The port of Caesarea

After arriving in Tel Aviv and visiting the ancient port city of Jaffa, we drove in the minivan carrying our family to Caesarea.

We had a “learning tour” of the city, built in the 1st Century B.C.E. by the paranoid King Herod the Great. I guess I would be paranoid too if I knew my spouse and two sons were plotting my death. 

Herod put them to death and never trusted anyone again. But his genius and drive did build an engineering feat: a port city that was once the third largest in the world, and many palaces that survived for centuries. He also built in Caesarea a huge amphitheater that survives today as a site for concerts.

At the Caesarea ruins listening to our tour guide, Gil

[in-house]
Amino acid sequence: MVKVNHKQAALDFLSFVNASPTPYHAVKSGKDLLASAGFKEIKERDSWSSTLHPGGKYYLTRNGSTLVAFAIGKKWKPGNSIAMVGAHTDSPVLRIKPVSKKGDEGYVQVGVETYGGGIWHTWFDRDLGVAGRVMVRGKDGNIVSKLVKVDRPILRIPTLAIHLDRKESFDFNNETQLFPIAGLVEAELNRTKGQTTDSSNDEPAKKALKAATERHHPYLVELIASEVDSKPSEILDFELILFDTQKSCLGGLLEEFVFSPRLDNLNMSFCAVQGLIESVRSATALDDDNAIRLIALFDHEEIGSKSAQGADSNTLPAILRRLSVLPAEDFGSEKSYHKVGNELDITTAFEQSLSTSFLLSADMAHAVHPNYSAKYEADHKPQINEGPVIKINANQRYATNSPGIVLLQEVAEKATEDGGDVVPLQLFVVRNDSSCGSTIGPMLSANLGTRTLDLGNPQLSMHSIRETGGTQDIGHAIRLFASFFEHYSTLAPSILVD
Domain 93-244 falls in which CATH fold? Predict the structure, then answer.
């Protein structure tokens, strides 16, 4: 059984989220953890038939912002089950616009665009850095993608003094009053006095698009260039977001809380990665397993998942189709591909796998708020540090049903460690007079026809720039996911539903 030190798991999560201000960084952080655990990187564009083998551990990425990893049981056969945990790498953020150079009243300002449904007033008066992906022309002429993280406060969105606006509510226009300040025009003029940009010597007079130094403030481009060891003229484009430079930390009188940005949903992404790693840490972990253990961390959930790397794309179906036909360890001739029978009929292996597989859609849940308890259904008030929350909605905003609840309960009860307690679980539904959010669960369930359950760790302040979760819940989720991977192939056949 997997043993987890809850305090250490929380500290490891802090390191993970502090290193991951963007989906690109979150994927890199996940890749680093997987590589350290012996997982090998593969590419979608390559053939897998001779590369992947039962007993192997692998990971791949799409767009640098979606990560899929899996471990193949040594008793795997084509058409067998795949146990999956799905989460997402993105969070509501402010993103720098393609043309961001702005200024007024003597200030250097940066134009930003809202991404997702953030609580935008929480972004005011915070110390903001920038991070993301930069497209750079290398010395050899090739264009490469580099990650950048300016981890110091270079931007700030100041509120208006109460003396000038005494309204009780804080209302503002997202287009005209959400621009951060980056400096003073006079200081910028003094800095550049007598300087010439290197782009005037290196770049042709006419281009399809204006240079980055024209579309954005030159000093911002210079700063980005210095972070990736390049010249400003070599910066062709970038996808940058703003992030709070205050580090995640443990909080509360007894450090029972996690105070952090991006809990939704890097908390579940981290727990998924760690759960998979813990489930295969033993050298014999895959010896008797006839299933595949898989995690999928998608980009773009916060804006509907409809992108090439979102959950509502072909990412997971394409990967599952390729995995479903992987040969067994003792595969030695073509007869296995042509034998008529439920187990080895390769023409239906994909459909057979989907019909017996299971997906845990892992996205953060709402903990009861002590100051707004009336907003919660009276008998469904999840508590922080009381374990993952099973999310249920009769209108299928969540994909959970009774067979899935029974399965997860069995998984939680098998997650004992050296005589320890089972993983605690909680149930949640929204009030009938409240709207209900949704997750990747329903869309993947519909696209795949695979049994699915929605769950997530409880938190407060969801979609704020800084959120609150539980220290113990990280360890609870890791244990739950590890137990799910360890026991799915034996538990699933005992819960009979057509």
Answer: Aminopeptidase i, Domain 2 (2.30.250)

The ruins of an ancient mosaic

From there, we were off to an unusual natural spring once used in ancient times by Israelites, Greeks and Romans to irrigate their estates. Today it’s an old-fashioned “swimming hole” in Nahal Hakibbutsim. The kids and adults laughed endlessly as they jumped and swam and slid down a natural waterfall. 

At the swimming hole

What fun — and a much needed break from the 100 degree weather!

Our meals at sit-down restaurants, and the hotel’s breakfast menu, offered endless plates of salads, cheese, meats, breads, fruits and then deserts. 

In Tel Aviv, we feasted at Yitzhak Hagadal Restaurant. The food, mostly fresh or freshly baked, was plentiful and the kids learned to eat schnitzel, which substituted for their favorite food, chicken fingers, by another name.

Enjoying Sachne, the natural water springs we went to after touring Caesarea

The best site of all that day was to watch the six children, from 4 to 13, play lovingly together, with smiles as big as the moon!

Now on to Jerusalem!

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